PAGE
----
Tech / Tech Projects

Reviving the Top-Oiler: Stuffing Big Cubic Inches into a 427 While Maintaining a Strictly Stock Look

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On the dyno the 427 top oiler sported a modern MSD ignition because the original distributor was still being rebuilt, but otherwise there is no visual clue that this is a 498 cubic inch beast producing 520-plus ft.-lbs. of torque over a broad range and a peak of 471.9 horsepower.

One of the defining features of the 427 is the deep skirted block which helps provide extra rigidity. Also, you can identify this as a top oiler because of the smooth sides between the screw-in freeze plugs and the oil pan rail. The side oiler has a bulge on the driver’s side to accommodate the oil gallery which provides pressurized oil directly to the crank journals.

The foundation for this build is a modern forged stroker crank--this one is from PEP--that bumps up the stroke a full inch from the stock 3.784 inches to 4.375.

KT Engines owner Ken Troutman worked with JE Pistons to come up with these forged slugs with enough dish to keep the compression in the 10.5:1 range so that the engine will live happily on pump gas.

Eagle provided the 6.800 long forged rods to connect the crank to the pistons. They use a big-block size big end (2.200 inches) to make bearing selection easier.

The FE and Cleveland engine families share the same main bearing housing bore diameter, so KT Engines uses a Clevite H (performance) bearing for the mains because they have a 180-degree oil groove which creates better protective oil wedge than FE main bearings with a full-round oil groove. Unfortunately, the bearing width is different, so they have to stick with the FE unit for the thrust bearing. This means purchasing two sets of bearings, but in the long run Troutman feels it’s worth it.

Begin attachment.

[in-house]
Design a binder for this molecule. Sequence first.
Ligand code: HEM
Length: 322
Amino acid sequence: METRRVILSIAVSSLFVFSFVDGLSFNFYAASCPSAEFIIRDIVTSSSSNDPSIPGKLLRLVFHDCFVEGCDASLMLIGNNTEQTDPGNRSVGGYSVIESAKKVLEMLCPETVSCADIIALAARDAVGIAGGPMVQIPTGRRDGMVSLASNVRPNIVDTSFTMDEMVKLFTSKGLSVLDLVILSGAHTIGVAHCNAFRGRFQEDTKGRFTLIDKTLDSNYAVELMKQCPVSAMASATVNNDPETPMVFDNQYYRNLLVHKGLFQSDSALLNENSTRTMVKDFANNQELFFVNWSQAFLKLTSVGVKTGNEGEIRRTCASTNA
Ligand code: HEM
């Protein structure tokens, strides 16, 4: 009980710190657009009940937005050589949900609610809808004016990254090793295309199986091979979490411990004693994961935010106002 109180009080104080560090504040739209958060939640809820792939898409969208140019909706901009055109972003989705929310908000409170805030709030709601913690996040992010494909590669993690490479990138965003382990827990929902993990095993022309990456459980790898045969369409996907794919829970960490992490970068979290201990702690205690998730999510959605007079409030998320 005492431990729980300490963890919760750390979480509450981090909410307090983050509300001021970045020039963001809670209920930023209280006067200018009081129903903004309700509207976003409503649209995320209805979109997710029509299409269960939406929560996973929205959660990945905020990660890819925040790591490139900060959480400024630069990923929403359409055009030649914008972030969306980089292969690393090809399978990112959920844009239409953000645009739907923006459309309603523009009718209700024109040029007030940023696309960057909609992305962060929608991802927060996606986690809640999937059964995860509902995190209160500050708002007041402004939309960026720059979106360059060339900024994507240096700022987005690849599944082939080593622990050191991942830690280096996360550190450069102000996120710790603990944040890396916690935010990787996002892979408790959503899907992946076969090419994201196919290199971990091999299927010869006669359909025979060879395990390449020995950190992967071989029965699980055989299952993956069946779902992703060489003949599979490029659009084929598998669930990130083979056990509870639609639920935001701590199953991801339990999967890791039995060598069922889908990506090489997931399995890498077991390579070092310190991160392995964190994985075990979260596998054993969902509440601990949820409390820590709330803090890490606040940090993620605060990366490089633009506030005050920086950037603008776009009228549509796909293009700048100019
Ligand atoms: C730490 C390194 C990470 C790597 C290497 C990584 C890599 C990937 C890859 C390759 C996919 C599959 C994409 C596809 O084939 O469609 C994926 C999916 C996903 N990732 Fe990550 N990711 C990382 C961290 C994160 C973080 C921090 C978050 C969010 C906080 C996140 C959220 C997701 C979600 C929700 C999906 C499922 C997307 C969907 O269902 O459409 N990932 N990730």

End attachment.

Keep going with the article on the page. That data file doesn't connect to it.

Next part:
The top oiler has no provision to provide oil to the lifters, so you have to run a solid cam and lifter combination. The cam chosen for this build is a Comp Cams unit with 244/252-duration at 0.050-inch and 0.580/0.599-inch total valve lift with a 1.73 ratio rocker.

The purpose of the deep skirt is to allow for cross-bolted main caps for extra strength and rigidity. Ford’s engineers decided to use machined spacers that slot between the sides of the caps and the block. They can be a tight fit, so you may have to resort to a little “persuasion.” Also, each spacer is machined for its specific location, so don’t mix ‘em up!

The main bolts are torqued to 100 ft.-lbs. and the smaller side bolts go to 35--both with motor oil lubricating the threads. The side bolts will weep oil, so a dab of silicone underneath the washers and the head of the bolts is necessary to keep your garage floor nice and dry once the engine is in the car.

Instead of dealing with the old school rope seal to seal the oil around the rear main cap, KT Engines simply injects high-temp silicone into the slots, waits for it to cure and then cuts away the excess.

KT Engines’ Mike Blackwell gently drops each piston and rod assembly into place.

After measuring stretch to confirm, the rod bolts are torqued to 65 ft.-lbs. Rod side clearance is also checked, and they spec’ed out well with an average of 0.021 on each journal.

Oil pressure is handled by a Melling high volume oil pump. That’s a Canton pickup tube attached to the pump which mates to the high-volume Canton pan you can see in the background.

As mentioned earlier, the 427 top oiler has no provision to provide hydraulic lifters with oil, so you’ve got to go solid. But that’s no big deal if you are willing to check your valve lash occasionally. Here, Blackwell drops in the Comp Cams Endure X solid rollers which were chosen because they are lightweight but also tall enough to clear the link bars over the lifter bores so modifications to the block aren’t required.

Fel Pro gaskets were used throughout the build.

Since the engine has to stay absolutely stock on the exterior, the original cast iron heads are cleaned up and bolted back on. In fact, the owner wanted to be able to return the engine back to purely stock trim inside and out later if he wanted, so the head hasn’t even been ported. Up top are a set of Comp Cams valvesprings weighing in with around 200 pounds of pressure on the seat and 480 fully open.

The 427 doesn’t provide oil conventionally to the valvetrain through the lifters and pushrods. Instead, here you can see the port that opens to the top of the cylinder head right beside on of the bolt holes for fastening the rocker stand. Oil exits this port, travels up the rocker stand around the bolt and feeds the rocker arms through the rocker shaft running the length of the head.

Another unique feature of Ford’s FE engine family is the intake manifold actually forms part of the base for the valvetrain. The rocker arms cannot be bolted up, nor the pushrods dropped into place, before the intake manifold is installed. This is an original Ford dual quad aluminum intake for this engine.